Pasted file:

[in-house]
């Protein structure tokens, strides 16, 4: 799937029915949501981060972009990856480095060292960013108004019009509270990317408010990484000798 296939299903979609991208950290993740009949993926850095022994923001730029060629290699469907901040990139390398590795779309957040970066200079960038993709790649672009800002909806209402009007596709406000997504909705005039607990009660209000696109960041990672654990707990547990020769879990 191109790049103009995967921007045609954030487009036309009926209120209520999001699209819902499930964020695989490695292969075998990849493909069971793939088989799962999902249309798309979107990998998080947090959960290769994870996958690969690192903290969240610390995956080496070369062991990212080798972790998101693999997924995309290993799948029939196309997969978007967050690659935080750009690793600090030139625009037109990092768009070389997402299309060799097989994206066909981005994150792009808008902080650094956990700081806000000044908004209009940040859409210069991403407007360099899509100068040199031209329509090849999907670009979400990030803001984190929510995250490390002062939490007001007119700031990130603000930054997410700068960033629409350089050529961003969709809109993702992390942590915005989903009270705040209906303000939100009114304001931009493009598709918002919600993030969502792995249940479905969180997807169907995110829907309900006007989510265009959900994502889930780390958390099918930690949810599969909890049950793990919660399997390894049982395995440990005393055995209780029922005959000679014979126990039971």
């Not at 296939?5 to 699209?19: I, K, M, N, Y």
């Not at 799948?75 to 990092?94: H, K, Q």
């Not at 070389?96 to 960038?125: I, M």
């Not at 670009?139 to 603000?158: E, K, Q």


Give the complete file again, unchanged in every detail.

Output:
[in-house]
């Protein structure tokens, strides 16, 4: 799937029915949501981060972009990856480095060292960013108004019009509270990317408010990484000798 296939299903979609991208950290993740009949993926850095022994923001730029060629290699469907901040990139390398590795779309957040970066200079960038993709790649672009800002909806209402009007596709406000997504909705005039607990009660209000696109960041990672654990707990547990020769879990 191109790049103009995967921007045609954030487009036309009926209120209520999001699209819902499930964020695989490695292969075998990849493909069971793939088989799962999902249309798309979107990998998080947090959960290769994870996958690969690192903290969240610390995956080496070369062991990212080798972790998101693999997924995309290993799948029939196309997969978007967050690659935080750009690793600090030139625009037109990092768009070389997402299309060799097989994206066909981005994150792009808008902080650094956990700081806000000044908004209009940040859409210069991403407007360099899509100068040199031209329509090849999907670009979400990030803001984190929510995250490390002062939490007001007119700031990130603000930054997410700068960033629409350089050529961003969709809109993702992390942590915005989903009270705040209906303000939100009114304001931009493009598709918002919600993030969502792995249940479905969180997807169907995110829907309900006007989510265009959900994502889930780390958390099918930690949810599969909890049950793990919660399997390894049982395995440990005393055995209780029922005959000679014979126990039971």
């Not at 296939?5 to 699209?19: I, K, M, N, Y």
């Not at 799948?75 to 990092?94: H, K, Q």
């Not at 070389?96 to 960038?125: I, M």
């Not at 670009?139 to 603000?158: E, K, Q």